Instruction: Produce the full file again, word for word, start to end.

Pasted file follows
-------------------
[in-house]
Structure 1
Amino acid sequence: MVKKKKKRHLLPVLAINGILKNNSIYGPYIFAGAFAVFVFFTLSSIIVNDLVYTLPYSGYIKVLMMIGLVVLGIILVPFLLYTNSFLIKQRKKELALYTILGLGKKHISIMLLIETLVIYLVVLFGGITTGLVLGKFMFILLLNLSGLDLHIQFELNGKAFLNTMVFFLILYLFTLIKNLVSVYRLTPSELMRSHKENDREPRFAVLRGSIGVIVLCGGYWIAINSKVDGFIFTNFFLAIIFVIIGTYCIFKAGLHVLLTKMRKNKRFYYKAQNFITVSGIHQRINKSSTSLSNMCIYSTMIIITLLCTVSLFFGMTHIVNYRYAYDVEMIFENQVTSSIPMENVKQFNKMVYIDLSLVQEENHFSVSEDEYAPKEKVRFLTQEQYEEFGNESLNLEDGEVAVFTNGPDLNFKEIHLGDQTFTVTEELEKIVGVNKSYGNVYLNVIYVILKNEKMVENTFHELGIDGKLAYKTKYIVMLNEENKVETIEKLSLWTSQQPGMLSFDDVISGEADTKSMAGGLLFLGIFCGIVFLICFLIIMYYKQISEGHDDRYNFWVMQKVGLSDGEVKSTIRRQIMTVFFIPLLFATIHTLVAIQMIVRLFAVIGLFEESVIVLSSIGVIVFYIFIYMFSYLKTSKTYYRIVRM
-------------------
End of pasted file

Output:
[in-house]
Structure 1
Amino acid sequence: MVKKKKKRHLLPVLAINGILKNNSIYGPYIFAGAFAVFVFFTLSSIIVNDLVYTLPYSGYIKVLMMIGLVVLGIILVPFLLYTNSFLIKQRKKELALYTILGLGKKHISIMLLIETLVIYLVVLFGGITTGLVLGKFMFILLLNLSGLDLHIQFELNGKAFLNTMVFFLILYLFTLIKNLVSVYRLTPSELMRSHKENDREPRFAVLRGSIGVIVLCGGYWIAINSKVDGFIFTNFFLAIIFVIIGTYCIFKAGLHVLLTKMRKNKRFYYKAQNFITVSGIHQRINKSSTSLSNMCIYSTMIIITLLCTVSLFFGMTHIVNYRYAYDVEMIFENQVTSSIPMENVKQFNKMVYIDLSLVQEENHFSVSEDEYAPKEKVRFLTQEQYEEFGNESLNLEDGEVAVFTNGPDLNFKEIHLGDQTFTVTEELEKIVGVNKSYGNVYLNVIYVILKNEKMVENTFHELGIDGKLAYKTKYIVMLNEENKVETIEKLSLWTSQQPGMLSFDDVISGEADTKSMAGGLLFLGIFCGIVFLICFLIIMYYKQISEGHDDRYNFWVMQKVGLSDGEVKSTIRRQIMTVFFIPLLFATIHTLVAIQMIVRLFAVIGLFEESVIVLSSIGVIVFYIFIYMFSYLKTSKTYYRIVRM